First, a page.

For more information on tuition and financial aid and how you can save money on tuition, click the links below:

Ways to Save

Ways to Save

From grants to military service to transfer credit, see the variety of ways you can save time and money on your degree at AIU.

  • Scholarships & Grants - AIU offers a number of institutional scholarships and grants that can help eligible students offset the program cost and help reduce out of pocket costs
  • Military Discounts– AIU Online offers a 45% tuition discount to active military undergraduate students and a 20% tuition discount to active military graduate students, including members of the Reserves and National Guard
  • Transfer Credit – AIU’s transfer-friendly policy lets you transfer in up to 75% of the qualifying credits you need toward your degree
  • Prior Learning Credit – You can receive credits for past college courses, military service, or work experience

For more information, download AIU guides below:

  • Financial Aid Guide: Our guide to financial aid can answer your initial questions and help you prepare to apply for financial aid
  • Scholarships and Grants Guide: Learn about the scholarships and grants offered by AIU along with details about eligibility
  • Transfer Credits Guide: This guide explores how to transfer your credits from other schools—and earn college credit for your past work and military experience
Related Degrees

Related Degrees

Bachelor of Science in Criminal Justice (BSCJ) Degree: Generalist Specialization

Learn the ins and outs of the criminal justice system, including law enforcement, crisis management, forensic science and homeland security. AIU’s Bachelor of Science in Criminal Justice degree with a generalist specialization combines academic study of criminal justice with a deep exploration of the skills needed in the field.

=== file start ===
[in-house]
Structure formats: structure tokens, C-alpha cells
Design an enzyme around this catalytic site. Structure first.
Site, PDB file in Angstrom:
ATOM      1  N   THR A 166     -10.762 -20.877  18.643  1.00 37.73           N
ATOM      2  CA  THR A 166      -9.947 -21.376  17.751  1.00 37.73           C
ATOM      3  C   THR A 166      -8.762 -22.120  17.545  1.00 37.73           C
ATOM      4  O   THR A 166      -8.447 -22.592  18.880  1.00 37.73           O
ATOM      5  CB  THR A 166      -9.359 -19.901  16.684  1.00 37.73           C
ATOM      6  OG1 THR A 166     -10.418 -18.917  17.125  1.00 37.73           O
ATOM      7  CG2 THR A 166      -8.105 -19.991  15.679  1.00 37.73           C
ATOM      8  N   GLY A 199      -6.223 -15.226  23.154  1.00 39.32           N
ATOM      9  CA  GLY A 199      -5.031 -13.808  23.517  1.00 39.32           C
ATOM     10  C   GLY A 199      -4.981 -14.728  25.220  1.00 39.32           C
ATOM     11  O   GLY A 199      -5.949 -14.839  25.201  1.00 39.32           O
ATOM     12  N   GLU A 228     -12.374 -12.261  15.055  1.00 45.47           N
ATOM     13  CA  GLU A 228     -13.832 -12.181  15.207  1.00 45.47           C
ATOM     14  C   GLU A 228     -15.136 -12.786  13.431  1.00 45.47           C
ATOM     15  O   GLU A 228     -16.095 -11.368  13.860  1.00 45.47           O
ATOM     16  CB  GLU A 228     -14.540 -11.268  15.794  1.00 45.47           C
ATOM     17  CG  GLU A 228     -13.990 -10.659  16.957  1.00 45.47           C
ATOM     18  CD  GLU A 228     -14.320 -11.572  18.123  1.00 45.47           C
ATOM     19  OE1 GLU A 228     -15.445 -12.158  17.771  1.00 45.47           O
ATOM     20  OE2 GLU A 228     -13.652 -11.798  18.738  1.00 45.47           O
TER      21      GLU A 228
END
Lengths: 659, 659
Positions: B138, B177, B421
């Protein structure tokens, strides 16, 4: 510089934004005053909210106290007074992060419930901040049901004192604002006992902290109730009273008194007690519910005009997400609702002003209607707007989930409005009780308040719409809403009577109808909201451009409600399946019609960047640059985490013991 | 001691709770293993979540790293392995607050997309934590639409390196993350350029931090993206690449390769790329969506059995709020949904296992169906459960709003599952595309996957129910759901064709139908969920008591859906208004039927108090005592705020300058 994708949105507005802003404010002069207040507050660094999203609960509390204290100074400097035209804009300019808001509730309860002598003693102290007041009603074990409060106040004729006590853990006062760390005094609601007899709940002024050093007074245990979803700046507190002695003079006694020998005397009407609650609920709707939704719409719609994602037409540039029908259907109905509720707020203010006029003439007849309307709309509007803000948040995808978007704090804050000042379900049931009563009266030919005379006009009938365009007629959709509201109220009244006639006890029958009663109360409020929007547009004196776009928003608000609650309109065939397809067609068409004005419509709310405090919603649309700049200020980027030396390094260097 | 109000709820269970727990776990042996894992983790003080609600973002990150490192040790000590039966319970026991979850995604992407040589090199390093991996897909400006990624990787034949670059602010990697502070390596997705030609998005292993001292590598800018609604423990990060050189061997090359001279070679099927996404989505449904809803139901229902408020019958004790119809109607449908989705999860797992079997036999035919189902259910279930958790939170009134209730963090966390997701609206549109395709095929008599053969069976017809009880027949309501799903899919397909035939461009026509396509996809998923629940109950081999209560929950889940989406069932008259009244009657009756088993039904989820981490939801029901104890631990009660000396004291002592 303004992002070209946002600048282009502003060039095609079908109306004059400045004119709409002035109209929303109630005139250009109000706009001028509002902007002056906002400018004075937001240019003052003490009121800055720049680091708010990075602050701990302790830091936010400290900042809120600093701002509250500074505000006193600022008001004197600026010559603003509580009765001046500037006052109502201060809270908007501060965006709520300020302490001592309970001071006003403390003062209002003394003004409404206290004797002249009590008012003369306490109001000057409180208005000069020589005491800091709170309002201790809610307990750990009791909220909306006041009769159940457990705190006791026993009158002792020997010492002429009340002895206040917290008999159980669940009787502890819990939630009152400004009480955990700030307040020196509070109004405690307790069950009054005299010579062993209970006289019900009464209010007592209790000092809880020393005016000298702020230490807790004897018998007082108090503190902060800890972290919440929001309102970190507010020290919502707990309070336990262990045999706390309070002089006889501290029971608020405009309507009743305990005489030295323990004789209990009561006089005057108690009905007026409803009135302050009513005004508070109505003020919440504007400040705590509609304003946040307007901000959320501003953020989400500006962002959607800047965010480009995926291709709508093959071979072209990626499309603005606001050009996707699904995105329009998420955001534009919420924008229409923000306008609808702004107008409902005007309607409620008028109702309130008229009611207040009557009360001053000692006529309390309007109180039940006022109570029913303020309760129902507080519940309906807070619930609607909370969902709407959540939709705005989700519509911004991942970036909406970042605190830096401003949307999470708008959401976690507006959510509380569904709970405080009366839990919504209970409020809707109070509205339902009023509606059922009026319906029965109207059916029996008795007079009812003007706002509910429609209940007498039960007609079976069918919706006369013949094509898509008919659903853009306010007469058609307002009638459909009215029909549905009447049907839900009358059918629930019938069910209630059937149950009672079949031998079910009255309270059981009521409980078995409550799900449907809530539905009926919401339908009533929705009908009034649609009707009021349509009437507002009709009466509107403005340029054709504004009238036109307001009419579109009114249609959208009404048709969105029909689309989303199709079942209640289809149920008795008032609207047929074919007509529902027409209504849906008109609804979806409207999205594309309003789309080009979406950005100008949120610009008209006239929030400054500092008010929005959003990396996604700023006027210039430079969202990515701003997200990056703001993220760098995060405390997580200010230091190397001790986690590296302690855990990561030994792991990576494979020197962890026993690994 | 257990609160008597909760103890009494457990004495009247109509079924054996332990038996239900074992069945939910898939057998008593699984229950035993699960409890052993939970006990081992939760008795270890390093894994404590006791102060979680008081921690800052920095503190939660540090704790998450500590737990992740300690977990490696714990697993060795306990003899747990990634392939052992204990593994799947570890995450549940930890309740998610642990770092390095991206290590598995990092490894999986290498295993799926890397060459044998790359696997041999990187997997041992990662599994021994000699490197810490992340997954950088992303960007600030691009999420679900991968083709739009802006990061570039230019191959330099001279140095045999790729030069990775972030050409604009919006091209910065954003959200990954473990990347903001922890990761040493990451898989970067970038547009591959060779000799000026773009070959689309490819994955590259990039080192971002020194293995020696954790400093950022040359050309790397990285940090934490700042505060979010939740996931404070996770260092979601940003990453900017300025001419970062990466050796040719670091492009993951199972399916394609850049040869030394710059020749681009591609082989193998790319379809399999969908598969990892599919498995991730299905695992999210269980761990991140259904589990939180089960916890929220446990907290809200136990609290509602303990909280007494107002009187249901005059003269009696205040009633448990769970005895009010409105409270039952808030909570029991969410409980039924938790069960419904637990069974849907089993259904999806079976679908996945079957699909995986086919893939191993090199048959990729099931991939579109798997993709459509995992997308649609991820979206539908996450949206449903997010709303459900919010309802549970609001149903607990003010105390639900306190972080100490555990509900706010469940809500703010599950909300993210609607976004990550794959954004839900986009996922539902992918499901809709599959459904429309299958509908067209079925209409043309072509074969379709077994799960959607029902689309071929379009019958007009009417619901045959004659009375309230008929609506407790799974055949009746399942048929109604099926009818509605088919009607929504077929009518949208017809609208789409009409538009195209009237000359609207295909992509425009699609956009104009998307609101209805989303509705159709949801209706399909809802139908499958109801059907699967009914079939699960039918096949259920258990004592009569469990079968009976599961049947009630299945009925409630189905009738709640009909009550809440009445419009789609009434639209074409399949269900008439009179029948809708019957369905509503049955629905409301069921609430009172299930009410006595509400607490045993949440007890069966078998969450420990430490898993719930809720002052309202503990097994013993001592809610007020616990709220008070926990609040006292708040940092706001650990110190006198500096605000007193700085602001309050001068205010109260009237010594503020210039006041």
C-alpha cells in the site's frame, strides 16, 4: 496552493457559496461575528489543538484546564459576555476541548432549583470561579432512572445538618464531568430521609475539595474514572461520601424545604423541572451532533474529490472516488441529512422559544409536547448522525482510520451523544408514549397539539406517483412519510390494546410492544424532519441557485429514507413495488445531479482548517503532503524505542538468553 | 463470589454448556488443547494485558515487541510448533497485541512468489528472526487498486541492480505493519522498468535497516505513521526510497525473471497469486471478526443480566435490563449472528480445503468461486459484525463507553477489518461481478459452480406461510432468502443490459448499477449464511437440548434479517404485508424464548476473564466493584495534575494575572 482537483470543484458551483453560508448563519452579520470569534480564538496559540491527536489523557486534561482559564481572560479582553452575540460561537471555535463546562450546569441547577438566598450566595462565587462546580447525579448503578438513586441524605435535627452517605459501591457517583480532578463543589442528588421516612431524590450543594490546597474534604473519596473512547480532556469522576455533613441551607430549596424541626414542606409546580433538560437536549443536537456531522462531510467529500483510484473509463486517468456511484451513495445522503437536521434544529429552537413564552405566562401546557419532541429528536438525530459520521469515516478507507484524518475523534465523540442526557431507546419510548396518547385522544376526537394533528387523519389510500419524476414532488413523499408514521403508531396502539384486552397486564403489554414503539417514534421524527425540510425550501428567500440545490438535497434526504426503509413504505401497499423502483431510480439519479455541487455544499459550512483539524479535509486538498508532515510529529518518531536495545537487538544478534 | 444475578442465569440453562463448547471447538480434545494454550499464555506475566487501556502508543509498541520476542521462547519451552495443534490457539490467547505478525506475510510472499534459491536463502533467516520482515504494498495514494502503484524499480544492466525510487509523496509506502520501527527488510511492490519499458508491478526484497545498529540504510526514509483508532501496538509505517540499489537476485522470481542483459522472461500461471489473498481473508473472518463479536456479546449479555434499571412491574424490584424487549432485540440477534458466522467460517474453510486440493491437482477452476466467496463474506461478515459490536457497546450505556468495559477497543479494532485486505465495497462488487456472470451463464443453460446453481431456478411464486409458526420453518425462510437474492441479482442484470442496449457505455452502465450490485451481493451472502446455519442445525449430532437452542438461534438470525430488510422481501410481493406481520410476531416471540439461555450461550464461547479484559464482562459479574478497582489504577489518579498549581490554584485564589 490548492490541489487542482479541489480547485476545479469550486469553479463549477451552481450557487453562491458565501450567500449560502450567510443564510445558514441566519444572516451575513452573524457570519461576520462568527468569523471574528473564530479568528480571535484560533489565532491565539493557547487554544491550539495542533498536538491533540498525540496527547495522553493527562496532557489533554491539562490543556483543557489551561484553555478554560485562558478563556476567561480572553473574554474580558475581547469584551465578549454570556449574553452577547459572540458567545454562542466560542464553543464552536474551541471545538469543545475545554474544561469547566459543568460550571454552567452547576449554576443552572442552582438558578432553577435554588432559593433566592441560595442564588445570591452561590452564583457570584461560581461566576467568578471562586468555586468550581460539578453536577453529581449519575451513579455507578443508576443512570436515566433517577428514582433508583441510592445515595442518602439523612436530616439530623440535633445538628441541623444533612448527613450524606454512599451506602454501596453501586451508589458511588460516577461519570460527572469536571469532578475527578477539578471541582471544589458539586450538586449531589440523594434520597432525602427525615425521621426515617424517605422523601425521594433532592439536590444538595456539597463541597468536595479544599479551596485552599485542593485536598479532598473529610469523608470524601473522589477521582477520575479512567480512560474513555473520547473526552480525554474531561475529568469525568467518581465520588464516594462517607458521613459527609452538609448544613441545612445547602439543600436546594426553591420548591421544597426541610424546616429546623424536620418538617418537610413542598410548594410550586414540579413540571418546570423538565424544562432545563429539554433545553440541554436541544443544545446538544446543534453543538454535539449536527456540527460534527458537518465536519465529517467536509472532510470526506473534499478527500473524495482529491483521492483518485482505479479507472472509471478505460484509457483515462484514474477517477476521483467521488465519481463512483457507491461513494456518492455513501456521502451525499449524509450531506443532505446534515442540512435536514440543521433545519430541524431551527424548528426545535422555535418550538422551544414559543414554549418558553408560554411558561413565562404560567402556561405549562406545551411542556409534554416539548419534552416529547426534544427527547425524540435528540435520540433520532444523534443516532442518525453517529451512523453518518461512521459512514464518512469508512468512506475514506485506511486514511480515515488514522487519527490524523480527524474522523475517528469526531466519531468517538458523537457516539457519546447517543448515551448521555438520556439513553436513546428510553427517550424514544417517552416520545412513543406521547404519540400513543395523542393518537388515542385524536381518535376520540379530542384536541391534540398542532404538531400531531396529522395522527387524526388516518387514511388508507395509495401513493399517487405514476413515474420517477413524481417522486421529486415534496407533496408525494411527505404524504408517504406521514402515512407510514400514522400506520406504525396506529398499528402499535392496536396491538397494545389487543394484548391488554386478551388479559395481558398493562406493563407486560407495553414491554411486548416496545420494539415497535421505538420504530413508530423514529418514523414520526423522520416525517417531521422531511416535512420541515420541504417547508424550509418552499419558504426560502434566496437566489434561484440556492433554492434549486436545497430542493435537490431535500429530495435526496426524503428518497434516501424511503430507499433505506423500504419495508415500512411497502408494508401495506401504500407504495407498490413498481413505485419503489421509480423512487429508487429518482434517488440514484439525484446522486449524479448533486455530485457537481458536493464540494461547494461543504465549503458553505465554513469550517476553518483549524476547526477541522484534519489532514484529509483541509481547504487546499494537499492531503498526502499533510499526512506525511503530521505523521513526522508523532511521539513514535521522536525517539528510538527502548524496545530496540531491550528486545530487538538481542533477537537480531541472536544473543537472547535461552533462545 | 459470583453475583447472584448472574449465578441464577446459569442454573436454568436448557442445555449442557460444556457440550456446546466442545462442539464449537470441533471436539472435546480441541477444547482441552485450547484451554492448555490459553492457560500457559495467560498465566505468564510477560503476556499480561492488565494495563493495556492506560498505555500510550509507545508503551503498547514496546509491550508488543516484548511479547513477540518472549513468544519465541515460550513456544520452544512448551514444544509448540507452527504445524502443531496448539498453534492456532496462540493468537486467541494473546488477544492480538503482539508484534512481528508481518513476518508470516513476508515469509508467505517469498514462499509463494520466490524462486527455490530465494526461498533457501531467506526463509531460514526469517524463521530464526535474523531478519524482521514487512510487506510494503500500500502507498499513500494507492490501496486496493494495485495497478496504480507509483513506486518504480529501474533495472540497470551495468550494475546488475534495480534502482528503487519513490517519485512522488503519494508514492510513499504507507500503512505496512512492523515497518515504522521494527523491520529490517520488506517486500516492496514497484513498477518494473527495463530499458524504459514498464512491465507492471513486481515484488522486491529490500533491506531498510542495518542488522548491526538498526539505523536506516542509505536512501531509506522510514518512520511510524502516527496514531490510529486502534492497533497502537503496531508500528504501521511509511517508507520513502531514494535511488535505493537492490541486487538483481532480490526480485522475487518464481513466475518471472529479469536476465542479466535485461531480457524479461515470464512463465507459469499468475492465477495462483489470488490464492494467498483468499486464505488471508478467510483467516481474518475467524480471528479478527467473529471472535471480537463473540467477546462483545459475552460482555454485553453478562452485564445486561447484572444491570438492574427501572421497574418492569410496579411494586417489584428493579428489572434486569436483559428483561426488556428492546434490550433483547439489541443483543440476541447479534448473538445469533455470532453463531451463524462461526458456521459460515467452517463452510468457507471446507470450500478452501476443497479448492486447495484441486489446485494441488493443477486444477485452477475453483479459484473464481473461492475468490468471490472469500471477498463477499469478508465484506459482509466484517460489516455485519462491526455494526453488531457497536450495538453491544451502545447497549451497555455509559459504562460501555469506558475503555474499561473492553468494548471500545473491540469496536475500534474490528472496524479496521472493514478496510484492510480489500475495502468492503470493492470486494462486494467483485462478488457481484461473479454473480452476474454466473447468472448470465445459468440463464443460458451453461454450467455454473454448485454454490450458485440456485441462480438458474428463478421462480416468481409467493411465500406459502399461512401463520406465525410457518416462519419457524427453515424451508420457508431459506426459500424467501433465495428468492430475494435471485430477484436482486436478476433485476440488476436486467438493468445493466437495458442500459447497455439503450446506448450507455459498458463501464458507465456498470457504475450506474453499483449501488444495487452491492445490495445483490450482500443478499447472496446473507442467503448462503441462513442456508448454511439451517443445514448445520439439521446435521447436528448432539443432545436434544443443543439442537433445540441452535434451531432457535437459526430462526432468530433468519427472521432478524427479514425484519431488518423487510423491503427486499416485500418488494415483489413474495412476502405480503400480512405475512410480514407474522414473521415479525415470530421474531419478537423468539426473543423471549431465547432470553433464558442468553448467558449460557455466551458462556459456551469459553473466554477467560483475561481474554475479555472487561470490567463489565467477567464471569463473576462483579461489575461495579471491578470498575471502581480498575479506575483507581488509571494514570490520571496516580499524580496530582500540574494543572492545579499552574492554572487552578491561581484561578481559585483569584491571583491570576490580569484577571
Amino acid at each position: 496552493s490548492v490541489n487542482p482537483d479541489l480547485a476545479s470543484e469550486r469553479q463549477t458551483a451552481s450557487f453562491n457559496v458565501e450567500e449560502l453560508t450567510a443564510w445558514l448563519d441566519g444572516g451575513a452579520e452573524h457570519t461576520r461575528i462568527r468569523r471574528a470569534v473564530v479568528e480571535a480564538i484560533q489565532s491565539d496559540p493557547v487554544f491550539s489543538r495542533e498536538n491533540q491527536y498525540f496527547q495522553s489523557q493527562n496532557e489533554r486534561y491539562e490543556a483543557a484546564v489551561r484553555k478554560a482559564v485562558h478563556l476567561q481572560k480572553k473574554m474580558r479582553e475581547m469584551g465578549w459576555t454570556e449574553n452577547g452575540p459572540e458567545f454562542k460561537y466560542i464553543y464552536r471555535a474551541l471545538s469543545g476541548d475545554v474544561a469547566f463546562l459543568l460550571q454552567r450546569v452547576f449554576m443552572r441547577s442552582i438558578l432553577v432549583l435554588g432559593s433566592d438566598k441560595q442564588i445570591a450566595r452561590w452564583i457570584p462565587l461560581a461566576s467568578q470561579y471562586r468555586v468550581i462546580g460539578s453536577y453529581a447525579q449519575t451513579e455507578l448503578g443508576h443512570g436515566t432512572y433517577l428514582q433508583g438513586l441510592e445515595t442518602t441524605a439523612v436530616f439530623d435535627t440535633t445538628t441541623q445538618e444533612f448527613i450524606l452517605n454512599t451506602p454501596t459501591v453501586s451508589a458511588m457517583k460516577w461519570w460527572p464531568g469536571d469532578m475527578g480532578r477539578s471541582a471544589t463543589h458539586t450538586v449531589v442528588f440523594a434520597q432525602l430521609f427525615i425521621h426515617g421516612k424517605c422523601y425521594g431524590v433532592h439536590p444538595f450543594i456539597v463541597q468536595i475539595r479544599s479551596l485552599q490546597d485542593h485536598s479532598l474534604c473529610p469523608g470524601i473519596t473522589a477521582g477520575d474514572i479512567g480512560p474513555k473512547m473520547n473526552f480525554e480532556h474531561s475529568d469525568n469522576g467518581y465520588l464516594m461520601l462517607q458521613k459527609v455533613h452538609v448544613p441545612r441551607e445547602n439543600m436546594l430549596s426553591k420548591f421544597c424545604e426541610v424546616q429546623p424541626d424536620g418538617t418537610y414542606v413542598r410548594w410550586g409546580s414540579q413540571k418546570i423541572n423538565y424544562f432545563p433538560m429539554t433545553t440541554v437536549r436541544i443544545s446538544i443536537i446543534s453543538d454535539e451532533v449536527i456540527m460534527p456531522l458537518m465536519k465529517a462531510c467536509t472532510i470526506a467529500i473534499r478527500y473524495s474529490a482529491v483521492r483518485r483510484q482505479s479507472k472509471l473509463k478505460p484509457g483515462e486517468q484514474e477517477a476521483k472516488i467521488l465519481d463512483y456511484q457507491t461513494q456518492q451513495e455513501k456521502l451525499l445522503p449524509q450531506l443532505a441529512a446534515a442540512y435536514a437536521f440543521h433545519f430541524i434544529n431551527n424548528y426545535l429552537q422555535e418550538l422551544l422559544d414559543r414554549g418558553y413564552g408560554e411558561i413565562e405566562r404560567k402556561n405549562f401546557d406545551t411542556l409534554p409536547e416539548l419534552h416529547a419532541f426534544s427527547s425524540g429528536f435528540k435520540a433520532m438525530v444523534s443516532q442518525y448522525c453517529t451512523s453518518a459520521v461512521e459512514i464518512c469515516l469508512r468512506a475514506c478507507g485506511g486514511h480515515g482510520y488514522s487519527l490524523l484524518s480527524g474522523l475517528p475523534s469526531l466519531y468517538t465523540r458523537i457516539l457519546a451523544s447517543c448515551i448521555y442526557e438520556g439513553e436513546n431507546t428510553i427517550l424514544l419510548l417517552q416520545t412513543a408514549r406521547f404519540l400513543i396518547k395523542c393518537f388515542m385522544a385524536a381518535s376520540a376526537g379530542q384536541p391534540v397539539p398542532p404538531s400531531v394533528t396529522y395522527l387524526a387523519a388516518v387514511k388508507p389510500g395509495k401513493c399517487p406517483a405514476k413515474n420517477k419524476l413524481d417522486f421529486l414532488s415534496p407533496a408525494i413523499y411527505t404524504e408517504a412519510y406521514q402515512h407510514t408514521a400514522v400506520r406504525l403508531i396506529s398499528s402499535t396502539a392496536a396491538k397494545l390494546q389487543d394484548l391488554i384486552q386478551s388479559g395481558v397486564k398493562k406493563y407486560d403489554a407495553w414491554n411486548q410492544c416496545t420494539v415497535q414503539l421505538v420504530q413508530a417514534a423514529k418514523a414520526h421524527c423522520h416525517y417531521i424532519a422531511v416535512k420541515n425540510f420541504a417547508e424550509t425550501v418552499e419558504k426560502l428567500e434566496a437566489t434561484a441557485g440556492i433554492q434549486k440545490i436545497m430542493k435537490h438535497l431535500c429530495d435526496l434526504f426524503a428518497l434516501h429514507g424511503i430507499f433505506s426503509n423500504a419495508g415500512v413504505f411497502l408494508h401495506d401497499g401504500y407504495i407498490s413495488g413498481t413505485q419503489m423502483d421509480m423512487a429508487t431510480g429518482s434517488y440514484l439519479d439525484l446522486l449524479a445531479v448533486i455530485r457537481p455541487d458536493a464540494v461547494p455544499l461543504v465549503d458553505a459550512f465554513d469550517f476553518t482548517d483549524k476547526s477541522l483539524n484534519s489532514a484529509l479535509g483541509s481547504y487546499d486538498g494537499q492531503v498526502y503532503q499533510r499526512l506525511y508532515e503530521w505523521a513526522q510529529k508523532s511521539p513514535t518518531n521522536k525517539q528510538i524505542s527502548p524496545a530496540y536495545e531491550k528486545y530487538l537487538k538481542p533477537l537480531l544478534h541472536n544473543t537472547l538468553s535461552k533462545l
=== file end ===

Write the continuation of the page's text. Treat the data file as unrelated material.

Bachelor of Science in Criminal Justice (BSCJ) Degree: Specialization in Corrections and Case Management

Study how to interact with inmates, develop rehabilitation plans and study the ways corrections professionals can make a difference in inmates’ lives. With a Criminal Justice degree specialization in Corrections and Case Management, you could become an important link between incarcerated individuals, the criminal justice system and social services.

Bachelor of Science in Criminal Justice (BSCJ) Degree: Specialization in Forensic Science

When you pursue a Criminal Justice degree with a specialization in Forensic Science at AIU, you can study how to help investigators solve crimes, study the causes and theories of crime, and conduct a crime scene investigation.

Bachelor of Science in Criminal Justice (BSCJ) Degree: Specialization in Law Enforcement

Explore the skills and knowledge you need to enter or advance in the field of law enforcement. Study the relationship between police and the communities they serve and explore the fundamentals of criminal justice, including police ethics, public policy and how to develop programs that can empower communities to reduce crime.